The federal government has reportedly reached a settlement with a residential development association in connection with the cleanup of asbestos left on the site by the government in the 1940s. Under the settlement, the government has agreed to pay $500,000 to the development, which will go to refund the costs of investigating and remedying the asbestos issue.
The asbestos lawsuit was filed by the owners association of the Sunriver community of central Oregon. The development was built on the site of Camp Abbott, a former training camp for the U.S. Army Corps of Engineers. The camp buildings were demolished by the government in the 1940s, but the government failed to remove asbestos-laden material from a 22-acre section of the site.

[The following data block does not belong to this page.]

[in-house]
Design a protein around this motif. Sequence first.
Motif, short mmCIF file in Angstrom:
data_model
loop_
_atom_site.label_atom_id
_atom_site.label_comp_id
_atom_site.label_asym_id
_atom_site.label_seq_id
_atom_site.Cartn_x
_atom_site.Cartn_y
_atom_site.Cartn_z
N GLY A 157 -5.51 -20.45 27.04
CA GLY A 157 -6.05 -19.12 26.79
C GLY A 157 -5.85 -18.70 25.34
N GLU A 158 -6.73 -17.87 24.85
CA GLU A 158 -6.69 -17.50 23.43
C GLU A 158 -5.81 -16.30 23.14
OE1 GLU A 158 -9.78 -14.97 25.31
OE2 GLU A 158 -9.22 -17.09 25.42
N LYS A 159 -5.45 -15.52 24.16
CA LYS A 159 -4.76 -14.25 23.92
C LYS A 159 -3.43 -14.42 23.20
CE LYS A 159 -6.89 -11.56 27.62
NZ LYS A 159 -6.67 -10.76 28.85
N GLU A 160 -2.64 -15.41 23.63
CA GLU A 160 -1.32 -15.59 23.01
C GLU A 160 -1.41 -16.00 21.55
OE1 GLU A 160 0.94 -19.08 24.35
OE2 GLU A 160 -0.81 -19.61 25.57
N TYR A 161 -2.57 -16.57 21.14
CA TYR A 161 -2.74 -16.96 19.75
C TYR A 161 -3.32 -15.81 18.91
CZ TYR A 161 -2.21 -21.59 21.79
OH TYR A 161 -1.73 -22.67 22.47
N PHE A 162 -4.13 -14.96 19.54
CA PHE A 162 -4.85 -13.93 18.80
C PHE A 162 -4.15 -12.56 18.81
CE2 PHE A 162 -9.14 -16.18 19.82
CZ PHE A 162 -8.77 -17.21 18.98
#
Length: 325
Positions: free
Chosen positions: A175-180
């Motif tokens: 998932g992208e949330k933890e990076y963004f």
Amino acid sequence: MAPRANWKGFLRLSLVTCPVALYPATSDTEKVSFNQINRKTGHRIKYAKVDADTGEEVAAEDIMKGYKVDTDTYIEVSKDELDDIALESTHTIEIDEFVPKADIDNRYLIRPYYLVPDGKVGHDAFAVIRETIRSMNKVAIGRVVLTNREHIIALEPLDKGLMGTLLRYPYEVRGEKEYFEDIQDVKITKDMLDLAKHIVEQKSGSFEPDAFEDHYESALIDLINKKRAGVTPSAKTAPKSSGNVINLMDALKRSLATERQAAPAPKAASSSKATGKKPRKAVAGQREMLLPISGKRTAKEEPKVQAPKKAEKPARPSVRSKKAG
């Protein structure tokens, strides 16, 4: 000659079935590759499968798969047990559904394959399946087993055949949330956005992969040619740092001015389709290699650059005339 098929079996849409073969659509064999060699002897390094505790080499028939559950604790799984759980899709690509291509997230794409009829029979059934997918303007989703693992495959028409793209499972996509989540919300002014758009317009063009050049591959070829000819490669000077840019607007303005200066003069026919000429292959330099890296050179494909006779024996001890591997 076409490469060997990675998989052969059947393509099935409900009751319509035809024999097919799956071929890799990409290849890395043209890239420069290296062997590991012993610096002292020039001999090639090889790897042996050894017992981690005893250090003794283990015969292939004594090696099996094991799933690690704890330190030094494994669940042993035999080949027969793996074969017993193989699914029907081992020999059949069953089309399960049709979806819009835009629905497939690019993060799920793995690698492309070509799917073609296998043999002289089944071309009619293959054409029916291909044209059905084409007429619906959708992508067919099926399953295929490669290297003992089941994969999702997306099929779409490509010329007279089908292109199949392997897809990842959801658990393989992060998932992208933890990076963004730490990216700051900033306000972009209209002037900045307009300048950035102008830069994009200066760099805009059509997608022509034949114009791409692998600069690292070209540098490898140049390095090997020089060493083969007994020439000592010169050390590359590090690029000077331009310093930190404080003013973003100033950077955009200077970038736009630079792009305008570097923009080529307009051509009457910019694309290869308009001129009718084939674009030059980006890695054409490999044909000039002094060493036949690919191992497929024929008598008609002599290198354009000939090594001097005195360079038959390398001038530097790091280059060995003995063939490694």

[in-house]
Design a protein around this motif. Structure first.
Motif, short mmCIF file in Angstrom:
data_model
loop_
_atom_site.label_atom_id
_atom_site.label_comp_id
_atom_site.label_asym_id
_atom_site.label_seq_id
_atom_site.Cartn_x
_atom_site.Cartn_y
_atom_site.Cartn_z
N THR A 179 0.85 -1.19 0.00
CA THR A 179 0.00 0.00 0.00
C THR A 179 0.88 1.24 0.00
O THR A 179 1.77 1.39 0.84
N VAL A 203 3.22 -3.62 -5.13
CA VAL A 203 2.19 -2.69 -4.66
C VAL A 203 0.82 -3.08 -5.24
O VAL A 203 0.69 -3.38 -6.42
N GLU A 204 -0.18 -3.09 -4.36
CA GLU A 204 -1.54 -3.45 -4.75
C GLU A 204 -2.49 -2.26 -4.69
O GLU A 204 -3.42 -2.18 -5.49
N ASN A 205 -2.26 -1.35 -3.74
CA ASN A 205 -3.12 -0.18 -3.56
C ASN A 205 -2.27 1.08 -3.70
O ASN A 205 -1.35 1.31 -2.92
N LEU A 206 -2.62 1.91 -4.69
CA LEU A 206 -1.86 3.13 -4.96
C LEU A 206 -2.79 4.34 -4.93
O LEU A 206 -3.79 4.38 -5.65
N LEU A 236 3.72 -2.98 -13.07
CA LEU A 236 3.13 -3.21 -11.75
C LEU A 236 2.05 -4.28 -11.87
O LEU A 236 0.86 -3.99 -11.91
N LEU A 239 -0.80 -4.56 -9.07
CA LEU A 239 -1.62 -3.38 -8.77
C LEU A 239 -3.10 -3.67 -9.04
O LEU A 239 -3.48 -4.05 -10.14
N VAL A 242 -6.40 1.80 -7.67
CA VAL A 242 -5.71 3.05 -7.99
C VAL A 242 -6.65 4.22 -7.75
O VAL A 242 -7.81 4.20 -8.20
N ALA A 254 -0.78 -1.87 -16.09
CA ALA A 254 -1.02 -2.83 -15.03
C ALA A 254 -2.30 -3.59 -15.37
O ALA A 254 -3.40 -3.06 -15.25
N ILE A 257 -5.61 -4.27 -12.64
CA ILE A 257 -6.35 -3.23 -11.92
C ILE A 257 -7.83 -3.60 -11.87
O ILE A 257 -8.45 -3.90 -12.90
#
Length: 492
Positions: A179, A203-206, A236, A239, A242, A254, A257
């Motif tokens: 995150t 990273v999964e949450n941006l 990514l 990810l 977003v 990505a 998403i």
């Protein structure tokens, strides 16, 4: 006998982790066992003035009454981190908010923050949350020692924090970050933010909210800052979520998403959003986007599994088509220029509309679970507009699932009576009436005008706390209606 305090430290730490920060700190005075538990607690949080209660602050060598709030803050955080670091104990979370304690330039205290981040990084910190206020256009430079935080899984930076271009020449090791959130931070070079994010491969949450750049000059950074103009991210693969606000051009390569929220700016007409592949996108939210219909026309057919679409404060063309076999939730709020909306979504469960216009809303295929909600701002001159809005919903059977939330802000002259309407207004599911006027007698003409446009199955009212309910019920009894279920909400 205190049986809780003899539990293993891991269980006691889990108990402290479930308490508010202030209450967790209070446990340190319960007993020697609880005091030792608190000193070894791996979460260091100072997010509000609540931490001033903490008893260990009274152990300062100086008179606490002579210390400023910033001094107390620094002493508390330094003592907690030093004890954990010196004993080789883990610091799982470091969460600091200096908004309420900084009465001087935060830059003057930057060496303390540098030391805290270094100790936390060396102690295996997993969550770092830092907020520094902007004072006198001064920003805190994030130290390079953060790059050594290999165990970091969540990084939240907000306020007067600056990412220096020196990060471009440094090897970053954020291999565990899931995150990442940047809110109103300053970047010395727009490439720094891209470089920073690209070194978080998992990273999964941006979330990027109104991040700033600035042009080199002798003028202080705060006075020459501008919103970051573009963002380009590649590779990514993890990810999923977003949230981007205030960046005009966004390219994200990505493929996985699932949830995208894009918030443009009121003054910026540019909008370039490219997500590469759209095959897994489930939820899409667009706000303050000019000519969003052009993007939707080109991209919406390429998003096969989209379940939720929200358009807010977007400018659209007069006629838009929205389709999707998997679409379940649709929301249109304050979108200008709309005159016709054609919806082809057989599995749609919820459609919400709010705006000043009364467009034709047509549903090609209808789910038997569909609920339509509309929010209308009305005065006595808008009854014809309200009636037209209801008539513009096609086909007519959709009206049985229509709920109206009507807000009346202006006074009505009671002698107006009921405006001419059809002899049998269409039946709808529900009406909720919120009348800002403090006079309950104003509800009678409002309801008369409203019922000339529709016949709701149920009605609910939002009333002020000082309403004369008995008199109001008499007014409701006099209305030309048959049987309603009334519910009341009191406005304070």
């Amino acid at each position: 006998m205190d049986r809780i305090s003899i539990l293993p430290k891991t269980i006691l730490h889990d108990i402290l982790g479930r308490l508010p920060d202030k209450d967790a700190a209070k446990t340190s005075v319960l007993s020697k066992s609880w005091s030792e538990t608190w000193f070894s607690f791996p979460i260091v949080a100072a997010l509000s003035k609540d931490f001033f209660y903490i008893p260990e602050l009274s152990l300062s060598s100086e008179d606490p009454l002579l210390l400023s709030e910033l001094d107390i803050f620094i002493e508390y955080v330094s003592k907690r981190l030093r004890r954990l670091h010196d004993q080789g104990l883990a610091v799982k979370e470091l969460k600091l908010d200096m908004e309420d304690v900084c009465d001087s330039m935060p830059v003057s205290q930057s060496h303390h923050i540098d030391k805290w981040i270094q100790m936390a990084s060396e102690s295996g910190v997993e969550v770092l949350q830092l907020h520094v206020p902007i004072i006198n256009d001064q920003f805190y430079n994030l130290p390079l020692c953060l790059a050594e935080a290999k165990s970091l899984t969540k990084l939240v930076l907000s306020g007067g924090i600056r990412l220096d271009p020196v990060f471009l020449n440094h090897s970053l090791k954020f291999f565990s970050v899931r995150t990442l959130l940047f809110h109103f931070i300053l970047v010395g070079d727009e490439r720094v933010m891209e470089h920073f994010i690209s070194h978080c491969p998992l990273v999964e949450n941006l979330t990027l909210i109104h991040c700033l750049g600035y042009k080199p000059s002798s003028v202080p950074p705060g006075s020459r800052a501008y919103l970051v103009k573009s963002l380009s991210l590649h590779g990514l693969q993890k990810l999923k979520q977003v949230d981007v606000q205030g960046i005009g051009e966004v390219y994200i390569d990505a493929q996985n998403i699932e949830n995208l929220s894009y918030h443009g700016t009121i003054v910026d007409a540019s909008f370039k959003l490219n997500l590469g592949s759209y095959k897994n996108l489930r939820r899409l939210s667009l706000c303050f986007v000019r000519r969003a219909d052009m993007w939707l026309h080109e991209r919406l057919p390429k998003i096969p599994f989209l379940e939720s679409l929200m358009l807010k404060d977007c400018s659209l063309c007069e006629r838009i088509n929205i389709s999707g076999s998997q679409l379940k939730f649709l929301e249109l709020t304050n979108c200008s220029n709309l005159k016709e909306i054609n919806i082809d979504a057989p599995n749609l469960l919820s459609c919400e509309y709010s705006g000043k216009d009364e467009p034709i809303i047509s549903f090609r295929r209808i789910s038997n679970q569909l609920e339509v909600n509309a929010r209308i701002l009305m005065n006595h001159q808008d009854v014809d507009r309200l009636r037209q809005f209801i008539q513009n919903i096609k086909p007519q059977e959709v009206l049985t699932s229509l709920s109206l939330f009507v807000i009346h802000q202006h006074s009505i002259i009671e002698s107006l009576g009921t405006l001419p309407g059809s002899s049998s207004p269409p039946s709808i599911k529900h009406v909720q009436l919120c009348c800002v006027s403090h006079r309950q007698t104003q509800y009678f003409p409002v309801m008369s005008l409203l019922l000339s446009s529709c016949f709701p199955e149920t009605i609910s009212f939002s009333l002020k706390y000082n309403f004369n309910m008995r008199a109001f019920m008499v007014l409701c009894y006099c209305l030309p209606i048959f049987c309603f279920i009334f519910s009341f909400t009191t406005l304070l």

Construction began on the development in 1968, but the asbestos was not discovered until 2002. At that time, the development spent considerable money to determine the extent of the asbestos contamination and the risk it posed to residents. Ultimately, the decision was made to build an aquatic and recreation center on the site, essentially putting a cap on the dangerous, contaminated soil.
If the development had not built the aquatic center, it would have been forced to spend more than $3 million to clean up the asbestos.
Although this dispute ended with a positive resolution, it remains to be seen whether the asbestos that was negligently left on the development site caused any lasting harm to anyone who lived or worked on the site. If so, those people could have a valid claim against the government for failing to properly remove and dispose of the asbestos-laden materials.
Source: Portland Business Journal, “U.S. to pay $500K to settle Sunriver asbestos claims,” Erik Siemers, July 23, 2012